Day only holds 20 percent of Wowprime's equity. The rest is distributed to his managers. "There isn't anything I won't do to hold on to talented people," he says.

Aside from Taoban opening a branch in Bangkok next year, discussions are also underway to extend the brand to Singapore, Malaysia and Indonesia.

"The Southeast Asia restaurant market is about four times the size of Taiwan's," Day says. If the strategy of "grafting" new partnerships succeeds, combined with rapid expansion in China and opening smaller stores in second- and third-tier cities in Taiwan, Wowprime sales could break NT$10 billion in 2011 and it could accomplish its goal of going public in 2012.

Wowprime failed in transplanting its Taiwan model in the United States. It has been successful in China but is finding that employees there are not of the caliber of their Taiwanese counterparts, making it impossible to precisely recreate the corporate culture and profit-sharing system that exists in Taiwan. If Day's dream of building an international brand is to come true, he will have to succeed beginning next year in Southeast Asia, perhaps his last opportunity for internationals expansion.


Section I
Q1: What’s your favorite restaurant in Wowprime Group? Why?
Q2: As everyone knows, Wowprime Group provide VIP service for each customers (賓至如歸之感) ! Do you have any unforgettable experiences? Share with us.
Q3: Suggestions are the more the better ! Do you have any constructive advices for Wowprime Group?
If N/A, congratulate to Mr. Dai ! but now ~ try to be him … … so "you" will propose to open which types of restaurants in the future?

Section II
Q4: Which mottos from Mr. Dai do inspire you? Why? Any stories?
Q5: In your point of view, what are Wowprime Group’s “KSF (Key Successful Factors,關鍵成功因素)? Wrap-up in your group. :ssmile:

6:45 ~ 7:00pm Greetings & Free Talk / Ordering Beverage or Meal / Getting Newcomer’s Information
7:00 ~ 7:10pm Opening Remarks / Newcomer’s Self-introduction / Grouping
(Session I)
7:10 ~ 7:50pm Discussion Session (40 mins)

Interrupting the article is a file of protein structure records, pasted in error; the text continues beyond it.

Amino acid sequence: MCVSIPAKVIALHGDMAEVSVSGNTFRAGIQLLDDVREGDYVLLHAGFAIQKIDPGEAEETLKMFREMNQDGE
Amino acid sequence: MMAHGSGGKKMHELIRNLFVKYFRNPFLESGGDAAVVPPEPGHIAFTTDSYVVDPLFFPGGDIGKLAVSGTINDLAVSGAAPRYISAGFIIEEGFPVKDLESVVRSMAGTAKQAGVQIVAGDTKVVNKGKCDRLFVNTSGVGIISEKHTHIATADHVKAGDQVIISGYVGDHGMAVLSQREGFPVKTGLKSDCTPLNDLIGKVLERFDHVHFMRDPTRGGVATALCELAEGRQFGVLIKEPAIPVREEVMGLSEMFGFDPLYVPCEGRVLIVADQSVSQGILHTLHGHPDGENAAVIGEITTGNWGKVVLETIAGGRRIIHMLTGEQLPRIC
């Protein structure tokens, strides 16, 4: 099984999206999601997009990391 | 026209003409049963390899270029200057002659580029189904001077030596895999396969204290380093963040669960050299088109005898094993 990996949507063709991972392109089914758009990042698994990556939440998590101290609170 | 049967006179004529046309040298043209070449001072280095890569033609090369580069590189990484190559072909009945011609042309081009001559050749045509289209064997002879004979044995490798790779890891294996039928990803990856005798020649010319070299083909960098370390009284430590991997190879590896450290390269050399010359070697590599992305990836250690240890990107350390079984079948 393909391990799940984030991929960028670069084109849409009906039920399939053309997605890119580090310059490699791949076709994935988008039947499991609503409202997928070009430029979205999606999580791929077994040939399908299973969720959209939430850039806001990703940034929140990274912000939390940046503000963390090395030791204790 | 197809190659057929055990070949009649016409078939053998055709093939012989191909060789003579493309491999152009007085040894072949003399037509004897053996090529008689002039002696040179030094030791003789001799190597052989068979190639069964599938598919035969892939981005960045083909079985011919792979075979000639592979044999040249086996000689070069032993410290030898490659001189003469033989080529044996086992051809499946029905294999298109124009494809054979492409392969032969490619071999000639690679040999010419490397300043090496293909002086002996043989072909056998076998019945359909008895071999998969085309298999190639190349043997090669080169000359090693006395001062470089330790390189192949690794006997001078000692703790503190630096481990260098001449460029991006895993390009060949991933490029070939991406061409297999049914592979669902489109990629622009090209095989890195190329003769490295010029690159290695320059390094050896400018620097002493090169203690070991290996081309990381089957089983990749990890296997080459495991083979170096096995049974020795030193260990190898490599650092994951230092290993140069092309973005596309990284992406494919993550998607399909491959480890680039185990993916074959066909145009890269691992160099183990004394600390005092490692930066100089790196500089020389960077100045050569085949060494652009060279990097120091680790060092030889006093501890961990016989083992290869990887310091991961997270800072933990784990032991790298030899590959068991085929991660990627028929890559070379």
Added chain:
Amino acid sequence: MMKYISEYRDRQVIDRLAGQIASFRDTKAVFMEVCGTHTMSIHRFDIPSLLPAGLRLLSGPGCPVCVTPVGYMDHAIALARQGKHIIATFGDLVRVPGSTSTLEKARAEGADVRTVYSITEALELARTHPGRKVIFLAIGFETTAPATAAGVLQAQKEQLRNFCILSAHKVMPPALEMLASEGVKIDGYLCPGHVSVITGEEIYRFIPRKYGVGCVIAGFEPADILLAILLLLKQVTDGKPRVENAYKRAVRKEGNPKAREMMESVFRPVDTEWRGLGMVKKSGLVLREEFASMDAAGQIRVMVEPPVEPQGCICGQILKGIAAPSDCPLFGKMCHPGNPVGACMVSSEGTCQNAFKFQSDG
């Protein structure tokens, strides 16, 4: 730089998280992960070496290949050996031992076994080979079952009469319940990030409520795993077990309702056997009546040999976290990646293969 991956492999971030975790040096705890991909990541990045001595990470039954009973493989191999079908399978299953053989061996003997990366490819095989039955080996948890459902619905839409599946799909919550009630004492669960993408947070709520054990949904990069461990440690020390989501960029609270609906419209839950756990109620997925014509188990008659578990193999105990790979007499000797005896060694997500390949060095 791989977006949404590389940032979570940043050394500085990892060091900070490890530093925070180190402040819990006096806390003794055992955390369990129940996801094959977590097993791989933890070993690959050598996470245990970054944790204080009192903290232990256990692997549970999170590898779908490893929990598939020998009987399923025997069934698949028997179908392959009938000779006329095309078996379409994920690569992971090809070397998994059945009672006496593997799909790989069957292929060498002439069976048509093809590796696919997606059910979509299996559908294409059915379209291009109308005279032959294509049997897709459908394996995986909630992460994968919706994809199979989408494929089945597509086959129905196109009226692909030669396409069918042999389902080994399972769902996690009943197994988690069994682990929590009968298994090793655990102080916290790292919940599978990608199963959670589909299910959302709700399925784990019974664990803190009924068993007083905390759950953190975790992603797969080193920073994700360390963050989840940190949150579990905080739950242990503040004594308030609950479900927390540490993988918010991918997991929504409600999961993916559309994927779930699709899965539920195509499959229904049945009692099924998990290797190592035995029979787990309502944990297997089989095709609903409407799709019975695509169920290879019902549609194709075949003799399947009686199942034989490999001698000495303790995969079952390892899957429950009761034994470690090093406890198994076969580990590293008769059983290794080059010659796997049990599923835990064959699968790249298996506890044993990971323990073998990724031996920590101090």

7:50 ~ 8:10pm Summarization (20 mins)
8:10 ~ 8:25pm Regrouping / Instruction Giving / Taking a 10 Minutes Break (Intermission)
(Session II)
8:25 ~ 9:05pm Discussion Session (40 mins)
9:05 ~ 9:25pm Summarization (20 mins)
9:25 ~ 9:30pm Concluding Remarks / Announcements ********************************************************************************************************************************************
聚會時間:當天請準時於 6:45 pm 到達 ~ 約 9:30 pm 左右結束
地址、電話:台北市濟南路三段25號 地圖 (02) 2740-2350
捷運站:板南線 忠孝新生站 3 號出口
走法:出忠孝新生站 3 號出口後,沿著巷子(忠孝東路三段10巷)走約 2 分鐘,到了濟南路口,左轉走約 2 分鐘即可看到。
最低消費: 80 元

1. 文章是否需要列印請自行斟酌,但與會者請務必自行列印 Questions for discussion。
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What's in a name? That which we call a rose by any other name would smell as sweet !
§ William Shakespeare §
YOYO member
文章: 2003
註冊時間: 週三 10月 31, 2007 9:03 am

Re: 8/18 (Wed.) Wowprime Group - A Catering Empire (Host:beef)

文章 Rock »

Dear beef,

Did you choose this topic because of your name?

YOYO member
文章: 166
註冊時間: 週六 7月 10, 2010 1:38 am

Re: 8/18 (Wed.) Wowprime Group - A Catering Empire (Host:beef)

文章 joseph »

Yeah, I also want to know why you choose beef to be your name, why not pork, chicken, lobster, duck, lamb?

Sorry If my question is too offensive.

Rock 寫:Dear beef,

Did you choose this topic because of your name?

文章: 725
註冊時間: 週三 1月 07, 2004 12:06 am
來自: Taipei

Re: 8/18 (Wed.) Wowprime Group - A Catering Empire (Host:beef)

文章 Julian »

People may ask "where's the beef?"...
In Wed. meeting you might answered " here is the beef! "

Is it cool or cold?..... :lol:
文章: 728
註冊時間: 週二 4月 29, 2008 7:23 pm
來自: 淡水

Re: 8/18 (Wed.) Wowprime Group - A Catering Empire (Host:beef)

文章 gavintsai »

Ha, this topic is interesting. There's much information to learn.
I will be there
文章: 1500
註冊時間: 週四 5月 13, 2004 10:53 am
來自: Taipei, Taiwan, Pandemonium

Re: 8/18 (Wed.) Wowprime Group - A Catering Empire (Host:beef)

文章 Wayne »

Words and Expressions 0818 2010

公德心: public mind; civic consciousness
壽星: birthday star
賓至如歸:a guest's feeling of being at home
Knowledge is power -- when shared.
Sherry Liao
YOYO member
文章: 1428
註冊時間: 週五 12月 07, 2007 12:15 pm

Re: 8/18 (Wed.) Wowprime Group - A Catering Empire (Host:beef)

文章 Sherry Liao »

Hi Gloria,

During the discussion, we talked about “how we like our steak to be cooked”, and we couldn’t think of the one between “medium” and “well-down”. Here it is:

medium rare
medium well
well done
Sherry Liao
YOYO member
文章: 1428
註冊時間: 週五 12月 07, 2007 12:15 pm

Re: 8/18 (Wed.) Wowprime Group - A Catering Empire (Host:beef)

文章 Sherry Liao »

Hi Rock,

Thank you for telling me to use “knock over” to describe “打翻水杯”. The phrase I mentioned that I had learned but slipped my mind is this one:

tip over

And here is an example:

Ex.: The mug tipped over, spill hot coffee everywhere.

It reminds me that I tipped a pot over when I was cooking breakfast the other day, and the hot water spilled on my foot. When I told others “I burnt my foot with boiling water”, someone told me that I could just say “I scalded my foot”. They have the same meaning, but the later one is briefer. Just let you know.